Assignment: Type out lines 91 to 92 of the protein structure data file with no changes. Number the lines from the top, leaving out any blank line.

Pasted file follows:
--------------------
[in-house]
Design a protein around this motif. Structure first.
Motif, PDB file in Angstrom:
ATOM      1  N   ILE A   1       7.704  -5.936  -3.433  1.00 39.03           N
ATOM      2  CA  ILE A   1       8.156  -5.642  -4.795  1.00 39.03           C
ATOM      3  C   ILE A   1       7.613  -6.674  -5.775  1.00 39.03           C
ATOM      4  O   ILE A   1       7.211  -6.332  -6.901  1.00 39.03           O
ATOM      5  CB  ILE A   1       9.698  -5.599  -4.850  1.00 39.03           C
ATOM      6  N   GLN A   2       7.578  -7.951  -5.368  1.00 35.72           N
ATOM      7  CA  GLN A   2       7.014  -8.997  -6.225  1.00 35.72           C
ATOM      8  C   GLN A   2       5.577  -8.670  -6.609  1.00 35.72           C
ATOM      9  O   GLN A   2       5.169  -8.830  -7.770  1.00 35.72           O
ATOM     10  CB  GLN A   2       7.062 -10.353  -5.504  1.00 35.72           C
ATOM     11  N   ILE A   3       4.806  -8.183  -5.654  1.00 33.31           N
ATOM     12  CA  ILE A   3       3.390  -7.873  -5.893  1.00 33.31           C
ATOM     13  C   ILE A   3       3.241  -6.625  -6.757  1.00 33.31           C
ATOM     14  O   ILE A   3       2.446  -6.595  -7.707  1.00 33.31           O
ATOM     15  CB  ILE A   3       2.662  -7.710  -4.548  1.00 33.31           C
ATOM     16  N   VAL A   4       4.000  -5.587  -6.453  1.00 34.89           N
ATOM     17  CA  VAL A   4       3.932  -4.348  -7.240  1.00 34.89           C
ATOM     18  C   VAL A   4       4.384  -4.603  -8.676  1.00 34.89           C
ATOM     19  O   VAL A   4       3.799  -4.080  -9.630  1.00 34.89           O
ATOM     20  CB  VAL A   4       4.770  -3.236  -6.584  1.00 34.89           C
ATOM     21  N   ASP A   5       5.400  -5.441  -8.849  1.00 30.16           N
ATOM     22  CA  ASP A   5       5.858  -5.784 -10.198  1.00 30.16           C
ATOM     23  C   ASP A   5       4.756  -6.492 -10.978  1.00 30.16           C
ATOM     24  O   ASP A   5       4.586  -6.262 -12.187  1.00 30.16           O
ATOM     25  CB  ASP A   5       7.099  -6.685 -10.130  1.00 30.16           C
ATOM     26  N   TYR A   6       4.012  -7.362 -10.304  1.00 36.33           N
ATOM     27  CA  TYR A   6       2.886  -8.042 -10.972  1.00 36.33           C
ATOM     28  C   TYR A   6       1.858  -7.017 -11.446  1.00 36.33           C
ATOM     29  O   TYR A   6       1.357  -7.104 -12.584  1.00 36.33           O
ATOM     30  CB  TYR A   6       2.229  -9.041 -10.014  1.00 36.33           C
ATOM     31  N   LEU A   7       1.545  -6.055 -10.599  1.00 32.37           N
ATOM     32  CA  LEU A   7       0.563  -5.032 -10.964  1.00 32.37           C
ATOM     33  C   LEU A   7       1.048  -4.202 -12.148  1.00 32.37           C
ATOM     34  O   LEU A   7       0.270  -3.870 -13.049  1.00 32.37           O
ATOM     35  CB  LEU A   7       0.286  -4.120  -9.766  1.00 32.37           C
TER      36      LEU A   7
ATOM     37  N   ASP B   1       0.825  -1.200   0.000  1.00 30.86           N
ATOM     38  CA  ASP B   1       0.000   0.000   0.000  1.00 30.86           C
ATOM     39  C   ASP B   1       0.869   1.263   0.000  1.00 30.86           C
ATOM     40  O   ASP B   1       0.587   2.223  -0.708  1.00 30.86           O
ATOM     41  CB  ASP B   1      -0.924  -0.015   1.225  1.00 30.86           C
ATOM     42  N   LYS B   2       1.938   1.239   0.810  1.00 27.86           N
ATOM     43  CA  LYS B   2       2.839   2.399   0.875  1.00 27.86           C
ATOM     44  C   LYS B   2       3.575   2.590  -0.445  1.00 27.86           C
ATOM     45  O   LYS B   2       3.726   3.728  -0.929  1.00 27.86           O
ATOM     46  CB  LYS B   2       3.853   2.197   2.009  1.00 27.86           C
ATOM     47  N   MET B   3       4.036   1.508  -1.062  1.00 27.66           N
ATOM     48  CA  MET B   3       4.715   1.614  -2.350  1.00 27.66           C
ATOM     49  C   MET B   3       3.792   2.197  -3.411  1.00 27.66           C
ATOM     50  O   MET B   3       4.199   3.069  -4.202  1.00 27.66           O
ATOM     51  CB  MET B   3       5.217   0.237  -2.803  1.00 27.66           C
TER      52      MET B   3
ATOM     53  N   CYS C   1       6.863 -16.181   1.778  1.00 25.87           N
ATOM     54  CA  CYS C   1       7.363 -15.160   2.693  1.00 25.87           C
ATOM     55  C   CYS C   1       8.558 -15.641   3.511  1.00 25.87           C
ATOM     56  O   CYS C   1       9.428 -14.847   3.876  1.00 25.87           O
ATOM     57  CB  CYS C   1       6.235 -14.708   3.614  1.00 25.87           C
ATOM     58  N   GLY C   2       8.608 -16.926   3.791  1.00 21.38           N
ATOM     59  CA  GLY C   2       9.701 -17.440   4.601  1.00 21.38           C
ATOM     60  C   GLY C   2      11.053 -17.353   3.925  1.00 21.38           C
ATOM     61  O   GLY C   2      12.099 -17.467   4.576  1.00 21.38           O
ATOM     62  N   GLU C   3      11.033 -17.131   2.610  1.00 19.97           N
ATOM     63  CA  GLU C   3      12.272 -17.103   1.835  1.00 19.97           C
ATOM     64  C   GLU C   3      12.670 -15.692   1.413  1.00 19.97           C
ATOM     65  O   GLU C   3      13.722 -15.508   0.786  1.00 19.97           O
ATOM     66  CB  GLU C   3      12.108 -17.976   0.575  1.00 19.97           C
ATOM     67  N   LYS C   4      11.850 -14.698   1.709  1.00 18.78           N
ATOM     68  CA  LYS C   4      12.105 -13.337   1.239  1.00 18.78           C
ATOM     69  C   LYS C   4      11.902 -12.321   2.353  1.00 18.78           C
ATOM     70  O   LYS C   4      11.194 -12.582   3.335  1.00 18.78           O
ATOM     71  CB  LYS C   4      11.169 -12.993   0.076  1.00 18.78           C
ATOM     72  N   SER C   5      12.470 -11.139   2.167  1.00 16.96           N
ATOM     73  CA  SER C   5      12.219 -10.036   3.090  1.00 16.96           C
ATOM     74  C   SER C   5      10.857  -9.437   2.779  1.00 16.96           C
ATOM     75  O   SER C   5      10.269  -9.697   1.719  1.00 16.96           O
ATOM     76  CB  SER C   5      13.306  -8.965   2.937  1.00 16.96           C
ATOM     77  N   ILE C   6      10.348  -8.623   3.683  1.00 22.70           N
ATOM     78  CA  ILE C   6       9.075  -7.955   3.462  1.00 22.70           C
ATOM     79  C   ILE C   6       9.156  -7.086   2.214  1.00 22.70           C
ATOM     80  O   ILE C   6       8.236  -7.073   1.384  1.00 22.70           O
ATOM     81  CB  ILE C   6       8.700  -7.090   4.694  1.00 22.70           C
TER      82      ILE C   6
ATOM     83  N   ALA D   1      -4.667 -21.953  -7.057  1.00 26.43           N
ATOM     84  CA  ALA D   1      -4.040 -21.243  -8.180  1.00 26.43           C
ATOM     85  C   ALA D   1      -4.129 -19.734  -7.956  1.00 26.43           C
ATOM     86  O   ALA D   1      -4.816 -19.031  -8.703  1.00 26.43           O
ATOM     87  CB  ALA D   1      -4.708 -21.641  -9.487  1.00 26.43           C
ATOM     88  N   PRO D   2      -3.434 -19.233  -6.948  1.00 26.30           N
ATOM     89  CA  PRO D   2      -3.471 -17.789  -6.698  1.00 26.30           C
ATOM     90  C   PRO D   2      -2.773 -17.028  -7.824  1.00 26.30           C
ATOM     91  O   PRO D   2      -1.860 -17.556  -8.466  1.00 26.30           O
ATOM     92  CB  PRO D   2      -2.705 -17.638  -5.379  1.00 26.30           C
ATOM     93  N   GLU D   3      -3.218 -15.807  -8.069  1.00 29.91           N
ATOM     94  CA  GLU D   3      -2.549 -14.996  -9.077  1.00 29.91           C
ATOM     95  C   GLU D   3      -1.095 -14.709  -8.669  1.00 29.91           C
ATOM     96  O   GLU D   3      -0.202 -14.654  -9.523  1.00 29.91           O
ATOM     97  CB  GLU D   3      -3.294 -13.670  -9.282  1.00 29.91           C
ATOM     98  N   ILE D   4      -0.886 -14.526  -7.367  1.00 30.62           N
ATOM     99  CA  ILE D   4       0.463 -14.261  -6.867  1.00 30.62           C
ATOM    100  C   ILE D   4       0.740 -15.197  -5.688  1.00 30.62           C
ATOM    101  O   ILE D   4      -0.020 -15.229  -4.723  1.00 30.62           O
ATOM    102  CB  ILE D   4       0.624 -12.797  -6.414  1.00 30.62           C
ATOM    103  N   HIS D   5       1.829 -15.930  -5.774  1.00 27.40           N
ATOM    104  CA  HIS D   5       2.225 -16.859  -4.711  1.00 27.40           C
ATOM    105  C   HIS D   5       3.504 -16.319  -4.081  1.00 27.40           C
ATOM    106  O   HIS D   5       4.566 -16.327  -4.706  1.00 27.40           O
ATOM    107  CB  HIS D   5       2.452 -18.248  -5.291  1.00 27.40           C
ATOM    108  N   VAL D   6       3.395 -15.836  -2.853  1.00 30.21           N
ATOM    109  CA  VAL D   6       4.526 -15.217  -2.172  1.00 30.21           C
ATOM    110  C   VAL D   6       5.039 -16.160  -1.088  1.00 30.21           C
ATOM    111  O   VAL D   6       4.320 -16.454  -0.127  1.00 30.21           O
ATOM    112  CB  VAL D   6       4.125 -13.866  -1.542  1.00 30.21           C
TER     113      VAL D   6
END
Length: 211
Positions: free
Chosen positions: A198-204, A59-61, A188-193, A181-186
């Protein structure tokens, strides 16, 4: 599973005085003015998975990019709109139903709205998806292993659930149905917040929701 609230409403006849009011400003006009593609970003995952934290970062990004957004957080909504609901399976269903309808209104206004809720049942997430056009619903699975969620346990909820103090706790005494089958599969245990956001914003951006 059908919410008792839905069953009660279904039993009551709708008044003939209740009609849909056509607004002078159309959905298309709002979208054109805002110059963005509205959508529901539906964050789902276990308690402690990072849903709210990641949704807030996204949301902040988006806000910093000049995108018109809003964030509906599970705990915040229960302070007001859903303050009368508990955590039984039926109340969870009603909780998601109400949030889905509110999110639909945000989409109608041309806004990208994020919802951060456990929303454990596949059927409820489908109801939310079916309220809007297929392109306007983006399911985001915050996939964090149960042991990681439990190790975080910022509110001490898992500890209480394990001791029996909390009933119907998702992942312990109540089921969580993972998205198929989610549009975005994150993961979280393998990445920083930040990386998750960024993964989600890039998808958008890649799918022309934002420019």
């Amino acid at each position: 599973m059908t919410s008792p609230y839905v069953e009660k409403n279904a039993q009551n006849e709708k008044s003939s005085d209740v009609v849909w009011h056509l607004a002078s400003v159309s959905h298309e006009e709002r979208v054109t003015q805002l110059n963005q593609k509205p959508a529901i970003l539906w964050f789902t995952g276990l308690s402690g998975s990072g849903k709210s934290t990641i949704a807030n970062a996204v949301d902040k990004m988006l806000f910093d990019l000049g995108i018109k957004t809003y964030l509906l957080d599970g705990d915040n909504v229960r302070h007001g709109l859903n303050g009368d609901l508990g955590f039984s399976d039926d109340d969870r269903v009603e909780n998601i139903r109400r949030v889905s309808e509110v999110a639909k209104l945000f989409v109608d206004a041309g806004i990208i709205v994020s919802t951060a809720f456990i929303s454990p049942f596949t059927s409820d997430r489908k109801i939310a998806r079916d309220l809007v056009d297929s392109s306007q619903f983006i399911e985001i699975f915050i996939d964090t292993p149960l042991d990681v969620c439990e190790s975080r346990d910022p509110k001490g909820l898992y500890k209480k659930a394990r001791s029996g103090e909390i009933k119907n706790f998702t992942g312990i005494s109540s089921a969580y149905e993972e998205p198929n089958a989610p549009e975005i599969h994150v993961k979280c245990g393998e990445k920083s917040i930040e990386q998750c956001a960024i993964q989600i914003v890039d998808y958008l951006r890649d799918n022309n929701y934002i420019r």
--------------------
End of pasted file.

ATOM     88  N   PRO D   2      -3.434 -19.233  -6.948  1.00 26.30           N
ATOM     89  CA  PRO D   2      -3.471 -17.789  -6.698  1.00 26.30           C